Glasgow is to play host to a new exhibition by the most famous and celebrated graffiti artist in the world, Banksy, our sister title The Herald can reveal.

‘CUT & RUN’, which has been officially authorised by Banksy, will reveal for the first time the stencils used to create many of the artist’s most iconic works.

Spanning from 1988 to the present day, Banksy calls the exhibition, which includes authentic artefacts, ephemera and the artist’s actual toilet, ‘25 years card labour’.

“I’ve kept these stencils hidden away for years, mindful they could be used as evidence in a charge of criminal damage. But that moment seems to have passed, so now I’m exhibiting them in a gallery as works of art. I’m not sure which is the greater crime”, the artist told our sister title The Herald.

The new exhibition is being staged at the Gallery of Modern Art (GoMA) in Glasgow city centre, the main gallery of contemporary art in Scotland’s largest city.

Opening this Sunday, it will run for three months and open all night at weekends.

Our sister title The Herald understands that if the exhibition proves popular, the show may then tour.

About the exhibition, Gareth James, Museum Manager at GoMA, told The Herald: “This has been a once in a lifetime opportunity to work with an artist who has been exciting and challenging people around the world with their work over the past 25 years. 

“GoMA has been welcoming artists who champion social justice, take risks and utilise innovative practice for almost three decades - hosting this exhibition is a perfect fit for GoMA and the city. This is an exhibition that people will talk about for years to come and will reward repeat visits to appreciate its scope, insights and subversion.”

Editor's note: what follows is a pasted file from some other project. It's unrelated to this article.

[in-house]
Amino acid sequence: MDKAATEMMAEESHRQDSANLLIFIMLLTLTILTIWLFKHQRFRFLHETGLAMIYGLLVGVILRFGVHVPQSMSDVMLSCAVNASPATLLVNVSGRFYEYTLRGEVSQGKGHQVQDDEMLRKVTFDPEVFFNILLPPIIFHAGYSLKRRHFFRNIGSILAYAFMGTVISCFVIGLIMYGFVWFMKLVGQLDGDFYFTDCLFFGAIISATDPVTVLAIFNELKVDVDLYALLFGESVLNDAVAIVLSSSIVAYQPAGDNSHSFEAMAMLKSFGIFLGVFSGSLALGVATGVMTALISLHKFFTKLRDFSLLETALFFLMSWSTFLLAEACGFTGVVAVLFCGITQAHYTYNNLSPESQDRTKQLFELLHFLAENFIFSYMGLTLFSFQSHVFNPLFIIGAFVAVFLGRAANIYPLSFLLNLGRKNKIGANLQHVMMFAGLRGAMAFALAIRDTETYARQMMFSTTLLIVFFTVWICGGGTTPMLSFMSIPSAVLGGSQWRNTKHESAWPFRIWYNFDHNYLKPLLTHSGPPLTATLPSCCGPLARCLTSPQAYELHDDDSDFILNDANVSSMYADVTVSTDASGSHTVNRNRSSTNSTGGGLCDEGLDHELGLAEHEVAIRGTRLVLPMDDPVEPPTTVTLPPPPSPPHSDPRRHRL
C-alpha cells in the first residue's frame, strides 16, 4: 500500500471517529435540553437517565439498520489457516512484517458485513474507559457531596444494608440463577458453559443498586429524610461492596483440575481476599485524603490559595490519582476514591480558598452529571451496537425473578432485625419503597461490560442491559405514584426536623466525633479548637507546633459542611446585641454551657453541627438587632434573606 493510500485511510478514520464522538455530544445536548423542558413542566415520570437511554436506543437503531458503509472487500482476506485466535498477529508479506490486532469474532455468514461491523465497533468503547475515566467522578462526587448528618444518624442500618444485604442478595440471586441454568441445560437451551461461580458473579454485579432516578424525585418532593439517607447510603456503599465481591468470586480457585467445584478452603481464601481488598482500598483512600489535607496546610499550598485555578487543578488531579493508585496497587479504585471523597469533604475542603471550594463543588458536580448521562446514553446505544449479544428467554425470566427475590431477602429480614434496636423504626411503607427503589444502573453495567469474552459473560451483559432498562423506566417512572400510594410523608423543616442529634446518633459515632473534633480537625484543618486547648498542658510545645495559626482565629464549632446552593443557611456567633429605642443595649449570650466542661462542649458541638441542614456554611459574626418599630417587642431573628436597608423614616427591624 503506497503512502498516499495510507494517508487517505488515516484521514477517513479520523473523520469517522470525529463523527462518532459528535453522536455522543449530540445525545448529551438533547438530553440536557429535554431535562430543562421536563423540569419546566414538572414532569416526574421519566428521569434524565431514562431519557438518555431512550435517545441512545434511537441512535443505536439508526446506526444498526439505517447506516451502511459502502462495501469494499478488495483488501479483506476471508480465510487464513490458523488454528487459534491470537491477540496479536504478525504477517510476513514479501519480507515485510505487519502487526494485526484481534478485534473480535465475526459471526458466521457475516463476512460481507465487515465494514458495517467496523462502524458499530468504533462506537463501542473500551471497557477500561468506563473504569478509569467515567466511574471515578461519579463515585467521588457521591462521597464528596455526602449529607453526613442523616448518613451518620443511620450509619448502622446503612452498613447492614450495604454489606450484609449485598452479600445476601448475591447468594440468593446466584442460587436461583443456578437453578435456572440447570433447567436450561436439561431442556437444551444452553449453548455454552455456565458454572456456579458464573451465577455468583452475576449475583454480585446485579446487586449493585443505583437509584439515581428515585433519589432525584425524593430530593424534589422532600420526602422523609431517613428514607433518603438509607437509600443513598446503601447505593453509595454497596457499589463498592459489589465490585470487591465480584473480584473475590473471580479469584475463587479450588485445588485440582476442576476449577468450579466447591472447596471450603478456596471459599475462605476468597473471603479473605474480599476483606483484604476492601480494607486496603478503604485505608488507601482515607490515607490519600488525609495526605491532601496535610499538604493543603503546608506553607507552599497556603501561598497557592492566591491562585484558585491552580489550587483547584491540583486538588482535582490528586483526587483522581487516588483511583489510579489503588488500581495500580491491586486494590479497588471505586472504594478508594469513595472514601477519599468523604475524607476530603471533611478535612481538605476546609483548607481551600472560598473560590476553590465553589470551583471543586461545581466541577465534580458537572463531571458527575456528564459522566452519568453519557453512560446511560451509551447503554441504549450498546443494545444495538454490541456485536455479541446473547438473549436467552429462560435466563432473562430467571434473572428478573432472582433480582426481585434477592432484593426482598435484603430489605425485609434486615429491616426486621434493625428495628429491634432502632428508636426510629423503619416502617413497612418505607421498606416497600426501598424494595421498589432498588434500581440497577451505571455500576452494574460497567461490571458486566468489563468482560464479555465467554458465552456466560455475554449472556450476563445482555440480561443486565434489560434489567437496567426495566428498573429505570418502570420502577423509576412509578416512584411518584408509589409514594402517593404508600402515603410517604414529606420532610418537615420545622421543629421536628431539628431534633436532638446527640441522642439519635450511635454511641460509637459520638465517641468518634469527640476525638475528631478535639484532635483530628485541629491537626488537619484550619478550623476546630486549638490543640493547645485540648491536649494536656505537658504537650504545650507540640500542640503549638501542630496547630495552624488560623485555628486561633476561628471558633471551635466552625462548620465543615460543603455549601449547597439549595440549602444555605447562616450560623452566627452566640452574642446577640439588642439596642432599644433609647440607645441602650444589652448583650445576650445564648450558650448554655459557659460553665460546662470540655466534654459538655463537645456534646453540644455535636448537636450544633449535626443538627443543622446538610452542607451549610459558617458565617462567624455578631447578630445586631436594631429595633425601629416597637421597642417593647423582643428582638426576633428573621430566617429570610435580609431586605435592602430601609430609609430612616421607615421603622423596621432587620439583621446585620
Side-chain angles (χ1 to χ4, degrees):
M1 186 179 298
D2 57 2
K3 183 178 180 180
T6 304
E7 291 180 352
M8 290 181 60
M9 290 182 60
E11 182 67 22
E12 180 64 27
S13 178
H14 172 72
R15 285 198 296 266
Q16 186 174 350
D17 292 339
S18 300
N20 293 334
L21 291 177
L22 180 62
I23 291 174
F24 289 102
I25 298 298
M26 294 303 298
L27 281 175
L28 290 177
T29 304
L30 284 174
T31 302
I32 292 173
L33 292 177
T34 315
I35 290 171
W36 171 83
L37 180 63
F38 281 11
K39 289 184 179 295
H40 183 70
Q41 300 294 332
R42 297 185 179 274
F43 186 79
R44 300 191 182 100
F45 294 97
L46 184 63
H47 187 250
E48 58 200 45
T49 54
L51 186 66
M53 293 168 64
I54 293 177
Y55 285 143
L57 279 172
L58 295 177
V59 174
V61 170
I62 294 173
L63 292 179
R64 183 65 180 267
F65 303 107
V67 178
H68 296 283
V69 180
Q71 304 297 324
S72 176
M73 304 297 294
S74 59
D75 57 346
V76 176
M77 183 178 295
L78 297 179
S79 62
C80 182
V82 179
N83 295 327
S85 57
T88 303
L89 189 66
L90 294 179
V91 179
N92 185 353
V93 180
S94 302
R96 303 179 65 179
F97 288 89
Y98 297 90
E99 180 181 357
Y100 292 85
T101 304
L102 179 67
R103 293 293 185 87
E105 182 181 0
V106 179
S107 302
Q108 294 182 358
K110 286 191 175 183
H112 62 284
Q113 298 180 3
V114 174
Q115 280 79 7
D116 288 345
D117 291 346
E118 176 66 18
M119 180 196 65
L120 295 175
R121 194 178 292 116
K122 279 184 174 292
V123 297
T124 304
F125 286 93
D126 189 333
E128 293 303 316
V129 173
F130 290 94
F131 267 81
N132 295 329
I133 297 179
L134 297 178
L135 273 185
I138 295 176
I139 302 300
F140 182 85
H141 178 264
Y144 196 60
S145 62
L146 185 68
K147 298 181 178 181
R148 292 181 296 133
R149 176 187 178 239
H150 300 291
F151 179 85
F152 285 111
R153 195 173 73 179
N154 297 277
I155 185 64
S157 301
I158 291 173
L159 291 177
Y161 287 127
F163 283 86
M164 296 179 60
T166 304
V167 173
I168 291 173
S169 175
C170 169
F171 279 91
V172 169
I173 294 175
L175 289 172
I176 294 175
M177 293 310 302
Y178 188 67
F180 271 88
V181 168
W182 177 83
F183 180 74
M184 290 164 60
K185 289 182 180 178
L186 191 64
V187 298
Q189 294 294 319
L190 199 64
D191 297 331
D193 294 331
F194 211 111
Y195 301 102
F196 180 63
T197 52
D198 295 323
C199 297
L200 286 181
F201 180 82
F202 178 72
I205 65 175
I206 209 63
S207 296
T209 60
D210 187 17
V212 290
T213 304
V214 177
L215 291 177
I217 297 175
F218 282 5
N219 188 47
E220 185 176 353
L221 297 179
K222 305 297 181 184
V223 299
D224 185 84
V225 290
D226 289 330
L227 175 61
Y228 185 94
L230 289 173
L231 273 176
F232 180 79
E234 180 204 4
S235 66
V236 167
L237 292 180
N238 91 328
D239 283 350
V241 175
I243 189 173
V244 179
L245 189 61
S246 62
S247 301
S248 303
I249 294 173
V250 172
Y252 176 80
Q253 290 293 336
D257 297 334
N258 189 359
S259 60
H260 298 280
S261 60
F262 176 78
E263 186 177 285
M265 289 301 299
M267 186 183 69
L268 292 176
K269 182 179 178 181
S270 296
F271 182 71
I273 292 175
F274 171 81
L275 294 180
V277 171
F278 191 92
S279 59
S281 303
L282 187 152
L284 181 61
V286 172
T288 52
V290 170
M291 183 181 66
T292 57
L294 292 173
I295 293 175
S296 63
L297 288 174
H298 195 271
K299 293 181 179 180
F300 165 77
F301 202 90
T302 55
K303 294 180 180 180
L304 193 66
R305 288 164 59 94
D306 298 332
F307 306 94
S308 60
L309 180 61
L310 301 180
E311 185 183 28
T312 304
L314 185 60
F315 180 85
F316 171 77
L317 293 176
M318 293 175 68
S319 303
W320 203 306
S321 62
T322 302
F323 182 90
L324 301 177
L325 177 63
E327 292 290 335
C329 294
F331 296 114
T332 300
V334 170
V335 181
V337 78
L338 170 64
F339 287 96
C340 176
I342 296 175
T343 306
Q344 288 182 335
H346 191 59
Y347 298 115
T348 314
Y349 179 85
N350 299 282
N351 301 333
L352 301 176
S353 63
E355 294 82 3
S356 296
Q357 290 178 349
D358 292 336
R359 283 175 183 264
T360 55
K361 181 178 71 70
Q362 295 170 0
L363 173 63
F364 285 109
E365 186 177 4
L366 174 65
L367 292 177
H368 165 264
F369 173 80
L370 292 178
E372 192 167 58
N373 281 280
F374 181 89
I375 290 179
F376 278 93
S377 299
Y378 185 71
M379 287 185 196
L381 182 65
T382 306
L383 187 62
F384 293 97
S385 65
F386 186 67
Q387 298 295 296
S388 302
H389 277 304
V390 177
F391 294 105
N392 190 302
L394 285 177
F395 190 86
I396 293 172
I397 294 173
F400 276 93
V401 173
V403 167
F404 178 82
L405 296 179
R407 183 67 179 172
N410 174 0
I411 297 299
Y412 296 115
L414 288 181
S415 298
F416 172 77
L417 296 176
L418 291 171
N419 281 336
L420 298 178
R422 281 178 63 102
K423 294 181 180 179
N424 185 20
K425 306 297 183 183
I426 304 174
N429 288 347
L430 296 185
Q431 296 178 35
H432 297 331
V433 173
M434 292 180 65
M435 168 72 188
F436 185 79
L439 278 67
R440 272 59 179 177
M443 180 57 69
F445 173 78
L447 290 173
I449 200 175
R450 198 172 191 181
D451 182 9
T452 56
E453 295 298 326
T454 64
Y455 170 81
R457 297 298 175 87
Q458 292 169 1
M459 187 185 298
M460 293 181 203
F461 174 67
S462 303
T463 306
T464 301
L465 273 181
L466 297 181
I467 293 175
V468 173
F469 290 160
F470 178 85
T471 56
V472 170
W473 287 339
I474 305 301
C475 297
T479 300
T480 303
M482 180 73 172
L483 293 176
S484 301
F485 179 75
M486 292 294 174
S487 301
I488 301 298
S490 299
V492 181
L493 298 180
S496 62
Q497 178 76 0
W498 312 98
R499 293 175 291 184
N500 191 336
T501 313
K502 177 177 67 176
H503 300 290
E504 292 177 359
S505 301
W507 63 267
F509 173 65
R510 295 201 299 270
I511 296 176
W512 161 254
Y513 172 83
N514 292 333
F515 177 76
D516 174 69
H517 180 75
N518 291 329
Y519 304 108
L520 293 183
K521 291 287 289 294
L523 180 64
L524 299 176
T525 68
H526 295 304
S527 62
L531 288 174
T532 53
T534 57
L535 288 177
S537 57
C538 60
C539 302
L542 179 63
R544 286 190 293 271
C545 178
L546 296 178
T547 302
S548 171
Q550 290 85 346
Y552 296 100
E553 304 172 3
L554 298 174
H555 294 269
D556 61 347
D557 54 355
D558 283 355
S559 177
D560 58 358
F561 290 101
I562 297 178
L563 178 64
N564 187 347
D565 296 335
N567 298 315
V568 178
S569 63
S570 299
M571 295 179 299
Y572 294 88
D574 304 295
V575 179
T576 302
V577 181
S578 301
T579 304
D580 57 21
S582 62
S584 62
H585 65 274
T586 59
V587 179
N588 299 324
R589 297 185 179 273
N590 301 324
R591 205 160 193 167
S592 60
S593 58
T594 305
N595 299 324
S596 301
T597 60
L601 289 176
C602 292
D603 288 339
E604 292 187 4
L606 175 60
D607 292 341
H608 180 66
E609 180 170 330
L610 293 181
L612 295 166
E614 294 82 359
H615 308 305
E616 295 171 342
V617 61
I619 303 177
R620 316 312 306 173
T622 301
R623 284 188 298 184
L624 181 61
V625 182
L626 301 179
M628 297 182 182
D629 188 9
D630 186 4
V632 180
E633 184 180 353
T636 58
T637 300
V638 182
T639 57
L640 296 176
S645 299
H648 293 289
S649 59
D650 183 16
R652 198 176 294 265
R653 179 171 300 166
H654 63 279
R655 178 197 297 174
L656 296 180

Councillor Susan Aitken, Leader of Glasgow City Council, added: “I’m really excited to welcome this exhibition by Banksy, which might be the perfect partnership of artist, gallery and host city. Street art has become one of Glasgow’s signatures and there’s no one who’s done more to put street art at the heart of culture, politics and society than Banksy. We’re delighted Banksy has chosen Glasgow to host their work.

Glasgow Times: Today's world exclusive souvenir front page of The HeraldToday's world exclusive souvenir front page of The Herald (Image: The Herald)

“This exhibition is going to generate huge excitement and demand, so we’re looking forward to welcoming even more visitors to Glasgow and Scotland this summer. If you’re planning a visit to enjoy this unique exhibition, grab the opportunity while you’re here to take in some of Glasgow’s wonderful murals across the city and our other world-class cultural offerings.”

In recent years, Banksy has been plagued by a number of unsanctioned global exhibitions in cities such as Las Vegas, Paris, Sydney, Berlin, Athens and Riyadh, none of which are consensual in being organised entirely without the artist’s knowledge or involvement.

“While the unauthorised Banksy shows might look like sweepings from my studio floor, CUT & RUN really is the actual sweepings from my studio floor,” Bansky told The Herald.

In a gallery label for the show, seen for the first time by The Herald, the artist makes the reason for choosing Glasgow’s GoMA to host it clear.

The label reads: ‘Welcome. If nothing else, you’re going to see one masterpiece today - you just walked by it.

“For anyone who isn’t aware - the statue out the front has had a cone on its head continuously for the past 40 odd years. Despite the best efforts of the council and police, every time one is removed another takes its place.